The World Today for July 06, 2017



The Street

The leaders of the world’s most powerful countries will finally descend on the German port city of Hamburg on Friday and Saturday for this year’s annual G20 summit.

And dozens of protest groups and thousands of activists are already here – protesting the G20 as a symbol of global capitalism’s ills in Hamburg’s streets.

This year, protesters aren’t limiting their complaints to economic issues, wrote Deutsche Welle. Climate change and Western governments’ response to the refugee crisis are also major issues for demonstrators.

Some are also criticizing divisive political leaders. They say they plan to take advantage of the summit’s location in a crowded Hamburg neighborhood – which has a long-standing anti-establishment pedigree, noted the Guardian – and “kettle,” or encircle, President Donald Trump, Russian President Vladimir Putin and Turkish President Recep Erdogan.

Hamburg authorities have bolstered security amid concerns that things could get violent if the estimated 10,000 far-left activists clash with police on the city’s streets, said Politico.

On Wednesday, cops were already using water cannons to disperse demonstrators, Reuters said.

They want to avoid a repeat of the 2001 G8 summit in Genoa, Italy, when violent clashes with police resulted in hundreds of injuries and the death of one protester.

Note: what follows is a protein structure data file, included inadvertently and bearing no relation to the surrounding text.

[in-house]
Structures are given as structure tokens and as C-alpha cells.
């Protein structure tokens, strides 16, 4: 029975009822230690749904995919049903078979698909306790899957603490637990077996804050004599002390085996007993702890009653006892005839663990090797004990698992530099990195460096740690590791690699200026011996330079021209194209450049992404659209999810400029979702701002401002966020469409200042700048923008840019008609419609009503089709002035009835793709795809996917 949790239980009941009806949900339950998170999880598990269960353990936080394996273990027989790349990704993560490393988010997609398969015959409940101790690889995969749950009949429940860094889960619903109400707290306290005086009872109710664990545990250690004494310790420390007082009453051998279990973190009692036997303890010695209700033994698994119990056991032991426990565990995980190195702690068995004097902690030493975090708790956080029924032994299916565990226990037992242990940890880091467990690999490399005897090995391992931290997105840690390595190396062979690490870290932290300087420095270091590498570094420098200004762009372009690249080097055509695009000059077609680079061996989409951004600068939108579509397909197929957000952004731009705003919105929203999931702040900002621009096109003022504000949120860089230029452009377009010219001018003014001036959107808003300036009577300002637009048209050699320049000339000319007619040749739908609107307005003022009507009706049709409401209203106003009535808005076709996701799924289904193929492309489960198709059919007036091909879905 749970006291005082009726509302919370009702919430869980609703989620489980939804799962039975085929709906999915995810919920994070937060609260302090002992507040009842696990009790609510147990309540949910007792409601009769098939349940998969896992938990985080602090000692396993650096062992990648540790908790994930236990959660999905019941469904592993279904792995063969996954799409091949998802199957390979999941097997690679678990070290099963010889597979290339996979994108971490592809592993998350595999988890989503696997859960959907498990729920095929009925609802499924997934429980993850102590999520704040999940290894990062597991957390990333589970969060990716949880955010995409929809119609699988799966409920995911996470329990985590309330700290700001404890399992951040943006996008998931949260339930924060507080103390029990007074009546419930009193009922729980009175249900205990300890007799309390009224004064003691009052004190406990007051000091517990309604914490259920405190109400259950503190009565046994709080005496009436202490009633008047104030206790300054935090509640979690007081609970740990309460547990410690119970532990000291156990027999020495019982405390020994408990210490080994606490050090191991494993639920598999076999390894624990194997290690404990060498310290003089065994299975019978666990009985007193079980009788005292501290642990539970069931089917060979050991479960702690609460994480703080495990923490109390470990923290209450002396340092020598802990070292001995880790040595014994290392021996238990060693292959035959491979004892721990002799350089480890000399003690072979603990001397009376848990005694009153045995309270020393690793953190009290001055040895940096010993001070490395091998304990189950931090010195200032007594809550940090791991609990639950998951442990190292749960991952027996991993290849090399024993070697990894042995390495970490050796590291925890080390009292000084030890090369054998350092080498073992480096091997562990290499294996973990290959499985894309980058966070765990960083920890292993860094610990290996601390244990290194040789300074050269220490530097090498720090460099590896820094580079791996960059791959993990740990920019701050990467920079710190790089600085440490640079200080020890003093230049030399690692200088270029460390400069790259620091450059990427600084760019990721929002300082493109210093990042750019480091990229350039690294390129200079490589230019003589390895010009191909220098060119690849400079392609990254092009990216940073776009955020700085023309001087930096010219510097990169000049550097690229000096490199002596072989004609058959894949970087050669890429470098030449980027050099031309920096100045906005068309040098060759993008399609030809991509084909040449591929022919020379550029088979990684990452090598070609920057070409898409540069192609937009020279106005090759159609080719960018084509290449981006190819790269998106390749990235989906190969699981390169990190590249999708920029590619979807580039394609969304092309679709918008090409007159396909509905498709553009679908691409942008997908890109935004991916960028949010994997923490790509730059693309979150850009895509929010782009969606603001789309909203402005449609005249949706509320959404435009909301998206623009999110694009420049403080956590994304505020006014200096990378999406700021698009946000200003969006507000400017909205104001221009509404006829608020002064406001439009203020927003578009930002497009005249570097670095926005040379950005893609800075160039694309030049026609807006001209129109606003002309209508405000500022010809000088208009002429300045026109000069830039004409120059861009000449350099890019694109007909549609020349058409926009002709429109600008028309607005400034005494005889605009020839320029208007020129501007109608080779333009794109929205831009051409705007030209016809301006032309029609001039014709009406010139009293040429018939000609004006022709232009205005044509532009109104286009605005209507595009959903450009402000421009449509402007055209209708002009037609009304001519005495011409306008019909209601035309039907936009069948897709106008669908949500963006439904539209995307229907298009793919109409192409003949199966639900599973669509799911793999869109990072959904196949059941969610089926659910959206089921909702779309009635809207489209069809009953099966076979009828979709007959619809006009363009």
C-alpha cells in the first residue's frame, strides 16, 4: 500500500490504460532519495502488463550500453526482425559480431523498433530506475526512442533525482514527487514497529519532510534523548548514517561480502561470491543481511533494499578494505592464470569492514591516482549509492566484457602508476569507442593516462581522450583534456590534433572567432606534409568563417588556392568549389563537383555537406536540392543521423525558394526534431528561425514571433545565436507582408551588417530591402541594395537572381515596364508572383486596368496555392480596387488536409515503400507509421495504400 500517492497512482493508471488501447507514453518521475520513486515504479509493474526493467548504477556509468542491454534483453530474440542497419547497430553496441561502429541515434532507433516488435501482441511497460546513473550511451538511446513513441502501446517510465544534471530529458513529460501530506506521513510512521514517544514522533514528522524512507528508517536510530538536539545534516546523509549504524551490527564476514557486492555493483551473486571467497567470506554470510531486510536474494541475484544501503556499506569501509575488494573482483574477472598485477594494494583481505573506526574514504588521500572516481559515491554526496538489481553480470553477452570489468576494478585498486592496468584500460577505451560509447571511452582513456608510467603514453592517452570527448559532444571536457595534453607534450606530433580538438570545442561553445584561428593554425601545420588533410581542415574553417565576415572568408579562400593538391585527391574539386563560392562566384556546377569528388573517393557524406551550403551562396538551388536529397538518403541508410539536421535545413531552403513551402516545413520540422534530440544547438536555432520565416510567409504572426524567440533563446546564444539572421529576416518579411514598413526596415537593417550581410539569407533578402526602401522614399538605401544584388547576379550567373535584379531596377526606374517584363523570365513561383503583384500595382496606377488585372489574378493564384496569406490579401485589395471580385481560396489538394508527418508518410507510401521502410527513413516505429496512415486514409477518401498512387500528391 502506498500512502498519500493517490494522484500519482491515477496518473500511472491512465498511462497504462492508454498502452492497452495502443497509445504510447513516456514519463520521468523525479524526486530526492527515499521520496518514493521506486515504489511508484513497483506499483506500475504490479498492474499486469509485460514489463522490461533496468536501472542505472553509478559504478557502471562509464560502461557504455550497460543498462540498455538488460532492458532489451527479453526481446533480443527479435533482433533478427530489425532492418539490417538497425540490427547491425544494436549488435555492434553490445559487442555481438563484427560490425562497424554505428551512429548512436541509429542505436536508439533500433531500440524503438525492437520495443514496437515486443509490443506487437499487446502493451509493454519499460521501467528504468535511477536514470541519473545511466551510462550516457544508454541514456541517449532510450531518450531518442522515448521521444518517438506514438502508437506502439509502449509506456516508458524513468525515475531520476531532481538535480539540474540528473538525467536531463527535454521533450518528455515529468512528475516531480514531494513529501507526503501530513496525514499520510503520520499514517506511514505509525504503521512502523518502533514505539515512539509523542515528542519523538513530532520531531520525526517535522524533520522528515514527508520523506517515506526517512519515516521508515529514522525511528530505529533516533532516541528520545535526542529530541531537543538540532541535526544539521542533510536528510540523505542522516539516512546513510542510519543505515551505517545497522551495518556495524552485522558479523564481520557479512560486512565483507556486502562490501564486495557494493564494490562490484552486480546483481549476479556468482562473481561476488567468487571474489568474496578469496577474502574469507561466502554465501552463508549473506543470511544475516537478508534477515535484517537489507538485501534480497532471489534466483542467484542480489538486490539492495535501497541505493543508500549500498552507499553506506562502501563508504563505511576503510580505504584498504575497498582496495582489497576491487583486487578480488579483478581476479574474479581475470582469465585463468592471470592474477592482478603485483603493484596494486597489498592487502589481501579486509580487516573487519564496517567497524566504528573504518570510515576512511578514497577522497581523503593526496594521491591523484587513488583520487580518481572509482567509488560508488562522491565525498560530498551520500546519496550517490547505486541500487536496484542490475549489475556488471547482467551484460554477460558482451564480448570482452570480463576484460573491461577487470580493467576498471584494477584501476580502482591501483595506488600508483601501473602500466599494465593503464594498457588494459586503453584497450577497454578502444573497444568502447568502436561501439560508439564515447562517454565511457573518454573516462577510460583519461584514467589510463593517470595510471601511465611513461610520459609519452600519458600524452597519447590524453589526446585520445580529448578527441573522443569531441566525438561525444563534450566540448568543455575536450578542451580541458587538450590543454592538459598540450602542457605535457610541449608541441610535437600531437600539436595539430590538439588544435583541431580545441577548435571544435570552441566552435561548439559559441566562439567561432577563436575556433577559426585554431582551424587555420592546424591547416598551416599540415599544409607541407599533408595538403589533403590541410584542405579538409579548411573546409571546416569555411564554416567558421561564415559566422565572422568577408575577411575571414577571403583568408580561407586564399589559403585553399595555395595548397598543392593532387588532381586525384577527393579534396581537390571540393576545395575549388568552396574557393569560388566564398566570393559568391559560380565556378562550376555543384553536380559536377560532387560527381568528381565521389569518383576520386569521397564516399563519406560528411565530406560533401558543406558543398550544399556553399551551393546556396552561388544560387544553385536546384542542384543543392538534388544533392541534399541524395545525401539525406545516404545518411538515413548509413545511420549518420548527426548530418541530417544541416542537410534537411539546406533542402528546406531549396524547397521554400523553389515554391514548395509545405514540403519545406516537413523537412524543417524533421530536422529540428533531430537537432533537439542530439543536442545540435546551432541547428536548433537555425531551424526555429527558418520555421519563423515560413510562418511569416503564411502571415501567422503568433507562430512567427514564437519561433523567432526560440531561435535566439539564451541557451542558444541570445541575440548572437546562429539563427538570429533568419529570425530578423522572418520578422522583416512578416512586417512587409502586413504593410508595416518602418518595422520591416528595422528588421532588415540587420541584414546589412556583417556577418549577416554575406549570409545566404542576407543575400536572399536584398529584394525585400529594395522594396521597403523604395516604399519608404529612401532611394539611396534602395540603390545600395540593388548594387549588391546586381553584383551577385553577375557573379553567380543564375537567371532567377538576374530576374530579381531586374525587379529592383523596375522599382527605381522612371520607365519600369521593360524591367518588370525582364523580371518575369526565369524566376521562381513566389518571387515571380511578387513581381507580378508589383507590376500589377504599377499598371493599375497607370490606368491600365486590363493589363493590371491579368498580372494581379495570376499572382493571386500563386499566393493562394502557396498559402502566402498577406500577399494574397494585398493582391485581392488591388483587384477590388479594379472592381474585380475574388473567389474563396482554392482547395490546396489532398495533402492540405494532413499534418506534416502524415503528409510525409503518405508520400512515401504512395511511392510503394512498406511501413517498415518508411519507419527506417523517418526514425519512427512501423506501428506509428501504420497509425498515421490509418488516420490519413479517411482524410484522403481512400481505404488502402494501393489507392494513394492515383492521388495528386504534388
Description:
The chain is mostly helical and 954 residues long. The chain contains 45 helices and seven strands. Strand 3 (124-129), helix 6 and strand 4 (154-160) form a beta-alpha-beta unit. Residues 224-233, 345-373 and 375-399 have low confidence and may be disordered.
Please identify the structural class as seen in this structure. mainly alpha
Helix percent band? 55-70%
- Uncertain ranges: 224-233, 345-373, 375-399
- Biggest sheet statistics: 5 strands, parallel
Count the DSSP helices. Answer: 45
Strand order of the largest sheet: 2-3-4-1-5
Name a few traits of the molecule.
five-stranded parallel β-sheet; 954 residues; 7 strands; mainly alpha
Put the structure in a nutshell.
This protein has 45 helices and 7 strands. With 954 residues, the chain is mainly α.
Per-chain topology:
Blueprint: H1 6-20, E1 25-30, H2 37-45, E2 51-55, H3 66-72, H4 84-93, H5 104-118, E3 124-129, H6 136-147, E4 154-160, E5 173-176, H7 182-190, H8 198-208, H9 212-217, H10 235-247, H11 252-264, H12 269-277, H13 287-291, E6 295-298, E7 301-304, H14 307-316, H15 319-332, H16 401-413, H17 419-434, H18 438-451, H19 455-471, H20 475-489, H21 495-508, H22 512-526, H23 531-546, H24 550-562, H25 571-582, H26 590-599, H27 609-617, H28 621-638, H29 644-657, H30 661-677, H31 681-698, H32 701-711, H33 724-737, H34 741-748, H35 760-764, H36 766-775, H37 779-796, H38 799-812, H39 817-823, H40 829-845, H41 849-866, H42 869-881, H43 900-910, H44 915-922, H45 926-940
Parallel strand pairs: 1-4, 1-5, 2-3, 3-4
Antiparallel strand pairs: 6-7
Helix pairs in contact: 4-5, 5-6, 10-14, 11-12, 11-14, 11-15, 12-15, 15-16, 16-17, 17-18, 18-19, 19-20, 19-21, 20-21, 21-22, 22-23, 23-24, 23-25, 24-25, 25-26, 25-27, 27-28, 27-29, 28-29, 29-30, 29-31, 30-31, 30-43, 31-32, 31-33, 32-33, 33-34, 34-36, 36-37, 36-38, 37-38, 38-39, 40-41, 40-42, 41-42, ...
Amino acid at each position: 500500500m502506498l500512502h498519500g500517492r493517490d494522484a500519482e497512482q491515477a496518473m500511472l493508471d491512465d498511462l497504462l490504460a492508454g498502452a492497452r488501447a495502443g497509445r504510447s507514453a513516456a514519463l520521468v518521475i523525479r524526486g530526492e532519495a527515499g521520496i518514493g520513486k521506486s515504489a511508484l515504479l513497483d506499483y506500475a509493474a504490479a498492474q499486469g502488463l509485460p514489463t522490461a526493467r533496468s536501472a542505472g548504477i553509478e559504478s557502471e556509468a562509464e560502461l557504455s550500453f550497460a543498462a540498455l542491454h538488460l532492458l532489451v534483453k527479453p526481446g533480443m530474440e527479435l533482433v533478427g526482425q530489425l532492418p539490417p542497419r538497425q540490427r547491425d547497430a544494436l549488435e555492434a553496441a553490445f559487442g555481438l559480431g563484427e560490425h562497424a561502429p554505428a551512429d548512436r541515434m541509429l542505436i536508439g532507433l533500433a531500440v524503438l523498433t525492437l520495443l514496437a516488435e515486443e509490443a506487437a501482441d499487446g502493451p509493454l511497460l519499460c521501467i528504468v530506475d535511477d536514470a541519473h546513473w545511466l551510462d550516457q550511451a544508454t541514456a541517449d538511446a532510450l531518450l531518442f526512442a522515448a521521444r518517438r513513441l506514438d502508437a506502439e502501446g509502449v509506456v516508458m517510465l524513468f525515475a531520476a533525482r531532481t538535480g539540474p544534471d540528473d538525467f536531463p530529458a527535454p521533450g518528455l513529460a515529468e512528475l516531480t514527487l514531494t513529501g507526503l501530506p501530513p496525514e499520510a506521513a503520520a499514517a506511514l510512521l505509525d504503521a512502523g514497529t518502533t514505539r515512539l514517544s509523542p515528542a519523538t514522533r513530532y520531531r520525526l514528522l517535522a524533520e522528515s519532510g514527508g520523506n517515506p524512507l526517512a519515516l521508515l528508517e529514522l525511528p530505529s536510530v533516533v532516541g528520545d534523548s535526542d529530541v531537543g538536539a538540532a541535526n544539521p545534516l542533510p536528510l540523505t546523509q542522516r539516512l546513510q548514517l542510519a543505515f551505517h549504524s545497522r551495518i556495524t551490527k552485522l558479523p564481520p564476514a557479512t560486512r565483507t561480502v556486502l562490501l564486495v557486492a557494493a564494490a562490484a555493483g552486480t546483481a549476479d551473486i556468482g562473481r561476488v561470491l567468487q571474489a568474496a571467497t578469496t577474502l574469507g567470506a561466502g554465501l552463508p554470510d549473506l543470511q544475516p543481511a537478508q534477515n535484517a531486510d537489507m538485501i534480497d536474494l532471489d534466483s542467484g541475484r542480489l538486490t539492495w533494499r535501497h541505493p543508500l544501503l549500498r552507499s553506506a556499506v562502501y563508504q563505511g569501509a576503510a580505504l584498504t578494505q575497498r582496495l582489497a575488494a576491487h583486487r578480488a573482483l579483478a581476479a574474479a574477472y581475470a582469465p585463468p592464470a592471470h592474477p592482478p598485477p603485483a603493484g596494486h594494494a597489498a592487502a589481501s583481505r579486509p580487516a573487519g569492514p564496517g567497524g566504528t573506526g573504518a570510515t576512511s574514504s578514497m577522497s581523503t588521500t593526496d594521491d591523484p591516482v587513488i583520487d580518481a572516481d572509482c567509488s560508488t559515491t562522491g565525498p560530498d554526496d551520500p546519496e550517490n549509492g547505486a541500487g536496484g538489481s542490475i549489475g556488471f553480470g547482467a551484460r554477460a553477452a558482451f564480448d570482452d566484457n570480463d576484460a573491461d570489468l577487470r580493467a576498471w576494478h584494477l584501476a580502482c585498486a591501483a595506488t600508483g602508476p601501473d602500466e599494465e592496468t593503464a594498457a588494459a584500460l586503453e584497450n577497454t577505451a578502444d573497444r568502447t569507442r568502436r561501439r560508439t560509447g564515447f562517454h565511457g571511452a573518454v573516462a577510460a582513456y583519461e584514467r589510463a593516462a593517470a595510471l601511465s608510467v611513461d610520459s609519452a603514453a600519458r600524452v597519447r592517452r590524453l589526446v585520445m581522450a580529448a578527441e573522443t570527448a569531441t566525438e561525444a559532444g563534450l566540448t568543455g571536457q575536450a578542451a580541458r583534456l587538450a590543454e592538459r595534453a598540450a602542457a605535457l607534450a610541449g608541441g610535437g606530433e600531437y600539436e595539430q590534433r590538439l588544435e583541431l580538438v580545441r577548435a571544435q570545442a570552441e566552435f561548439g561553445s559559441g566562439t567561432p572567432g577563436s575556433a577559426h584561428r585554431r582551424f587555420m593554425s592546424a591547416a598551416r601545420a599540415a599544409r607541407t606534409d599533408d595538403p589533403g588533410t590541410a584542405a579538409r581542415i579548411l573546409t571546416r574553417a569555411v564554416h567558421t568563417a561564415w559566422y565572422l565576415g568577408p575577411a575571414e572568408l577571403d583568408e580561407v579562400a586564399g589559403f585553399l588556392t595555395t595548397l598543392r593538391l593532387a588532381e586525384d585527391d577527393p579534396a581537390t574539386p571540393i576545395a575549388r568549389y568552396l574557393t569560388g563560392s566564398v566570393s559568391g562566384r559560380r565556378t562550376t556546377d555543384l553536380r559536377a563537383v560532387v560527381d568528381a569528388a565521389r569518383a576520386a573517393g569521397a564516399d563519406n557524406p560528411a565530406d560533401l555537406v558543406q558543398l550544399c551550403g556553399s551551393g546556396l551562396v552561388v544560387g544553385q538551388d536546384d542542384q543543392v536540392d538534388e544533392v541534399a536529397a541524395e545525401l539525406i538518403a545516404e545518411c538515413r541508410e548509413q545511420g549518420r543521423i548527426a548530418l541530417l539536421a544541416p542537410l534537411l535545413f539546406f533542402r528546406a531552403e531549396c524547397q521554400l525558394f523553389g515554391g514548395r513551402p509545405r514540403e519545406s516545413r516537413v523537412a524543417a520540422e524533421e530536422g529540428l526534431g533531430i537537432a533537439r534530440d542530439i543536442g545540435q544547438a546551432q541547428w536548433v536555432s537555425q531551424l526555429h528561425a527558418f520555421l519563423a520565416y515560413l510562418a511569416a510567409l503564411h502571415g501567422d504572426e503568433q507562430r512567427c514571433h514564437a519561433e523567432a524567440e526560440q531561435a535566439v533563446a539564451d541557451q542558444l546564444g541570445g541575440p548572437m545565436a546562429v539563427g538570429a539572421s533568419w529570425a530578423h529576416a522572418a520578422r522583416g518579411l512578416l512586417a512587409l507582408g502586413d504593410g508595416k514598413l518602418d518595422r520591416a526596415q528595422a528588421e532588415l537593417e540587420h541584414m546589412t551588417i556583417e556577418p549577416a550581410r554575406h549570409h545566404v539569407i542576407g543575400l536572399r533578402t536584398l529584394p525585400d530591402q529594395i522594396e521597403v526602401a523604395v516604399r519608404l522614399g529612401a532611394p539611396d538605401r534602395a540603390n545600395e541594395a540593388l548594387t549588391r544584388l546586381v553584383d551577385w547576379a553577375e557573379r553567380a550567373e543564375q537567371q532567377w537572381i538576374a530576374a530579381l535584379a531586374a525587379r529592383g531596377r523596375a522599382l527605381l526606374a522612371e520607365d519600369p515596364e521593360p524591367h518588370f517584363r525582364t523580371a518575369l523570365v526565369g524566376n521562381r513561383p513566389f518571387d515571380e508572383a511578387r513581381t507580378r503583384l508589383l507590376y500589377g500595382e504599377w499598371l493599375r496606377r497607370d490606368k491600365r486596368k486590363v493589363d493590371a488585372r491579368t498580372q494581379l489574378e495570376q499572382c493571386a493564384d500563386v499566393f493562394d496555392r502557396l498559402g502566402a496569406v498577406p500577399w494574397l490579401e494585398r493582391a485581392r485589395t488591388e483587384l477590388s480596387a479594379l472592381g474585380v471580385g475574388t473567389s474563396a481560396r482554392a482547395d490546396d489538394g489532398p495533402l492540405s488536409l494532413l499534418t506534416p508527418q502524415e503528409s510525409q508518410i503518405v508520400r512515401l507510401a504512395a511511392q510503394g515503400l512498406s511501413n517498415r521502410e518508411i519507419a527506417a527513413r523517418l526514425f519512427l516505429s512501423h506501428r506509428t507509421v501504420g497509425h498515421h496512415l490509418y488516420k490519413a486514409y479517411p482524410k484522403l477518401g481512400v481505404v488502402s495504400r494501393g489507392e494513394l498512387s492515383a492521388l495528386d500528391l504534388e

But if previous G20 summits are anything to go by, it’s unlikely that protesters will succeed in derailing the group’s high-flying agenda.

Still, their complaints haven’t gone completely unregistered by this year’s G20 host, German Chancellor Angela Merkel.

Merkel said in her weekly podcast that G20 leaders will have to focus on fostering more inclusive and sustainable economic growth and put aside thinking only about their own prosperity, according to Fortune.

As such, this year’s summit is going to take a cue from protesters and dive head first into issues like the unequal distribution of wealth, resource consumption and climate change, they added.

The G20 together account for roughly 80 percent of global GDP. The body was originally conceived as a forum to address global economic policy – as demonstrated by the group’s robust handling of the 2008 financial crisis, according to the Council on Foreign Relations.

Over the years, leaders have expanded the group’s focus to include cross-border issues like climate protection, inequality and the fight against terrorism.

But if the G20 really wants to succeed in these newfound goals, it’s going to have to expand its focus further to areas like education, said observers.